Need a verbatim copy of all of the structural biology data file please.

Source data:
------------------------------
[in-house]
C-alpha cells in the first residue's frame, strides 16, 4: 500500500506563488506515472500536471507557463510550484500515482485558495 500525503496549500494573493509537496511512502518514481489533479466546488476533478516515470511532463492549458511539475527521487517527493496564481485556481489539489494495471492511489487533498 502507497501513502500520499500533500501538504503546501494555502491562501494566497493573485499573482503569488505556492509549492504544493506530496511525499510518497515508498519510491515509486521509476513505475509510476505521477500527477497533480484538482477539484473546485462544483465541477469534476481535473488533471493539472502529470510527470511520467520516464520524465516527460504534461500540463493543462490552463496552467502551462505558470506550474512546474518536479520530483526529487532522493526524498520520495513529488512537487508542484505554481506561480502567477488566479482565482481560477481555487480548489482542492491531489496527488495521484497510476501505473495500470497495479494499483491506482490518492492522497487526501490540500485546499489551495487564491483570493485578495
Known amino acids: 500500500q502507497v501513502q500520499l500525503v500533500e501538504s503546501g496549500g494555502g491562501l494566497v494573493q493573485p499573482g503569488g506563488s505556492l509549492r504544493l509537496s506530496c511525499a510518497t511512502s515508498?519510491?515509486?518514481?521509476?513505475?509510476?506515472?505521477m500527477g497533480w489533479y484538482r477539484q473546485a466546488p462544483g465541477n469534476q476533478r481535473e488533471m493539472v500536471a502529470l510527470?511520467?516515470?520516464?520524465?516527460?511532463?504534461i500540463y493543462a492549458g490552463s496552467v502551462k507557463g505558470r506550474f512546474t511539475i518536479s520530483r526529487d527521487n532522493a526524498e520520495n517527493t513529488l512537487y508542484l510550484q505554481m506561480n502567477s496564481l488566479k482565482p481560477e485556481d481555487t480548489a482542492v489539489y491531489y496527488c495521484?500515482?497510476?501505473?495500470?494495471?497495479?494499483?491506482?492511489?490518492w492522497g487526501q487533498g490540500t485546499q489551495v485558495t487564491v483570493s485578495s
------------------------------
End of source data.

[in-house]
C-alpha cells in the first residue's frame, strides 16, 4: 500500500506563488506515472500536471507557463510550484500515482485558495 500525503496549500494573493509537496511512502518514481489533479466546488476533478516515470511532463492549458511539475527521487517527493496564481485556481489539489494495471492511489487533498 502507497501513502500520499500533500501538504503546501494555502491562501494566497493573485499573482503569488505556492509549492504544493506530496511525499510518497515508498519510491515509486521509476513505475509510476505521477500527477497533480484538482477539484473546485462544483465541477469534476481535473488533471493539472502529470510527470511520467520516464520524465516527460504534461500540463493543462490552463496552467502551462505558470506550474512546474518536479520530483526529487532522493526524498520520495513529488512537487508542484505554481506561480502567477488566479482565482481560477481555487480548489482542492491531489496527488495521484497510476501505473495500470497495479494499483491506482490518492492522497487526501490540500485546499489551495487564491483570493485578495
Known amino acids: 500500500q502507497v501513502q500520499l500525503v500533500e501538504s503546501g496549500g494555502g491562501l494566497v494573493q493573485p499573482g503569488g506563488s505556492l509549492r504544493l509537496s506530496c511525499a510518497t511512502s515508498?519510491?515509486?518514481?521509476?513505475?509510476?506515472?505521477m500527477g497533480w489533479y484538482r477539484q473546485a466546488p462544483g465541477n469534476q476533478r481535473e488533471m493539472v500536471a502529470l510527470?511520467?516515470?520516464?520524465?516527460?511532463?504534461i500540463y493543462a492549458g490552463s496552467v502551462k507557463g505558470r506550474f512546474t511539475i518536479s520530483r526529487d527521487n532522493a526524498e520520495n517527493t513529488l512537487y508542484l510550484q505554481m506561480n502567477s496564481l488566479k482565482p481560477e485556481d481555487t480548489a482542492v489539489y491531489y496527488c495521484?500515482?497510476?501505473?495500470?494495471?497495479?494499483?491506482?492511489?490518492w492522497g487526501q487533498g490540500t485546499q489551495v485558495t487564491v483570493s485578495s